The project aims to:

Support planning authorities, by collecting and making accessible the best available data and tools to assess biodiversity and the benefits to people.

Provide input to planning authorities into the design of an effective Trans European Nature Network by anticipating future developments in climate and land use conditions that may limit or enable the development of such a network.

Identify alternative configurations of protected areas and corridors based on preferences related to policy targets.

Identify opportunities and challenges to the implementation of the network, mechanisms, and instruments of implementation, particularly financial instruments and ways to mitigate barriers through extensive dialogue with practitioners, capacity building, and decision support.

Showcase applications of the protected area network design through case studies.

The European Commission counts on the project results to support member states in identifying priorities for protected area designations.

'’Establishing a truly coherent trans European nature network with both Natura 2000 and nationally protected areas by 2030 is one the key priorities in the new EU Biodiversity Strategy. As a first step towards achieving this ambitious target, EU Member States are invited to submit by the end of 2022 their commitments for additional protected areas and for improving management effectiveness. For supporting this process, we firmly count on the expertise in the NaturaConnect project,’ said Frank Vassen, policy officer at the European Commission Directorate General for the Environment.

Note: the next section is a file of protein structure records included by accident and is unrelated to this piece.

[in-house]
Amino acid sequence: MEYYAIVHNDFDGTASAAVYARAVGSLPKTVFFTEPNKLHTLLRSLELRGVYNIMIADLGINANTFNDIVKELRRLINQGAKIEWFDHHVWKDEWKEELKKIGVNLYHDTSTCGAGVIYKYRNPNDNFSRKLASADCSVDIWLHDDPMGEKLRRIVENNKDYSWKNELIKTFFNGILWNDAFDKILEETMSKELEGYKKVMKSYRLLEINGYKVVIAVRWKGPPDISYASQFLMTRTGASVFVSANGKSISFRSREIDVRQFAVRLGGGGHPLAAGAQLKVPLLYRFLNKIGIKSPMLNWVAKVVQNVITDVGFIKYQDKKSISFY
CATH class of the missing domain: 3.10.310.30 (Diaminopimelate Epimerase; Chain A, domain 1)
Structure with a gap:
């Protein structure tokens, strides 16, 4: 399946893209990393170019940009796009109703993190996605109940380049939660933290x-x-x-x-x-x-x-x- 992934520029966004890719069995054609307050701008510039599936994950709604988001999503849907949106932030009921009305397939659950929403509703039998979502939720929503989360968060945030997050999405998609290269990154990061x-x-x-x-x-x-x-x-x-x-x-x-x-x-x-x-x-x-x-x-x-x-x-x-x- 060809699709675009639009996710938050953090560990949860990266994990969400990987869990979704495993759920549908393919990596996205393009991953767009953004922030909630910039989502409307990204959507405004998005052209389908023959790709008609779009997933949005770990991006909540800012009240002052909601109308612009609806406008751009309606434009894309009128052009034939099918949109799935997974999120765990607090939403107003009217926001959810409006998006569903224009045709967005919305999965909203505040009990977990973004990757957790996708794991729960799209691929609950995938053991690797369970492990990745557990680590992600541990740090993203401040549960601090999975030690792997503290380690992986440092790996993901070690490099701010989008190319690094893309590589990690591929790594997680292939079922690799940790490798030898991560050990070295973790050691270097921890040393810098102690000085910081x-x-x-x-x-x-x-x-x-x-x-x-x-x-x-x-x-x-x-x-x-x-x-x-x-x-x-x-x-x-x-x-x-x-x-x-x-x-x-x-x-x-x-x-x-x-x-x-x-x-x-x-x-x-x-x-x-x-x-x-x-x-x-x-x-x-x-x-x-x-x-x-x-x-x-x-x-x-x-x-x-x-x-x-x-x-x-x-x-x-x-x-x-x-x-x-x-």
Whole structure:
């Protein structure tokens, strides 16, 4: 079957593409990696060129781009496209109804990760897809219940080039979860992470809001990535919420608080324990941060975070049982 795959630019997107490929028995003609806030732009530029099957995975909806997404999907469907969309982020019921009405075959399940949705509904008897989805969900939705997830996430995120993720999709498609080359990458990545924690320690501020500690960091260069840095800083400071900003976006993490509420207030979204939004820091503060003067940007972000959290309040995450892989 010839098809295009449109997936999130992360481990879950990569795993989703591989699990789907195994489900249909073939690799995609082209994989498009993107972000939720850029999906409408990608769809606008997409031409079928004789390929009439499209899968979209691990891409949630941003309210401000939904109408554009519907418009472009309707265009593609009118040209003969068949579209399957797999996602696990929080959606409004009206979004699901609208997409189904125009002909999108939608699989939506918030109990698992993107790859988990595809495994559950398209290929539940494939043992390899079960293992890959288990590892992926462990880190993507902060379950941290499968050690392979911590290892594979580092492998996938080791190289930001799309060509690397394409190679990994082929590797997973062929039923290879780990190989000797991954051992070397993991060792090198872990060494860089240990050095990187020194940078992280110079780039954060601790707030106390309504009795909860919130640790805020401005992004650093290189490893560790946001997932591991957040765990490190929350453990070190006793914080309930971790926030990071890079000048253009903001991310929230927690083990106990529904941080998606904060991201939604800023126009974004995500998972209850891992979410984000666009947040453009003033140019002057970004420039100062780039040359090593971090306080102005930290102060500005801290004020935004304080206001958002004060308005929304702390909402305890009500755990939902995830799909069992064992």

‘We are excited to embark on this project and to develop and create knowledge, tools, and capacity building programs with our partners to support the European Commission, European Union Member States, and conservation practitioners in realizing the vision of TEN-N,’ Piero Visconti concluded.


NaturaConnect has 22 partner institutions: International Institute for Applied System Analysis (project lead; Austria); German Centre for Integrative Biodiversity Research (iDiv) Halle-Jena-Leipzig (project co-lead; Germany); Associacao Biopolis (Portugal); BirdLife Europe (Netherlands); Birdlife International (United Kingdom); Centre National De La Recherche Scientifique (France); Doñana Research Station – Agencia Estatal Consejo Superior De Ivestigaciones Cientificas (Spain); Europarc Federation (Germany); Finnish Environment Institute (Finland); Humboldt-University of Berlin (Germany); Institute for European Environmental Policy (Belgium); Netherlands Environmental Assessment Agency (Netherlands); Rewilding Europe (Netherlands); University of Evora (Portugal); University of Helsinki (Finland); University of Natural Resources and Life Sciences, Vienna (Austria); University of Rome La Sapienza (Italy); University of Warsaw (Poland); Vrie University of Amsterdam (Netherlands); WWF Central and Eastern Europe (Austria); WWF Romania and WWF Hungary.


bottom of page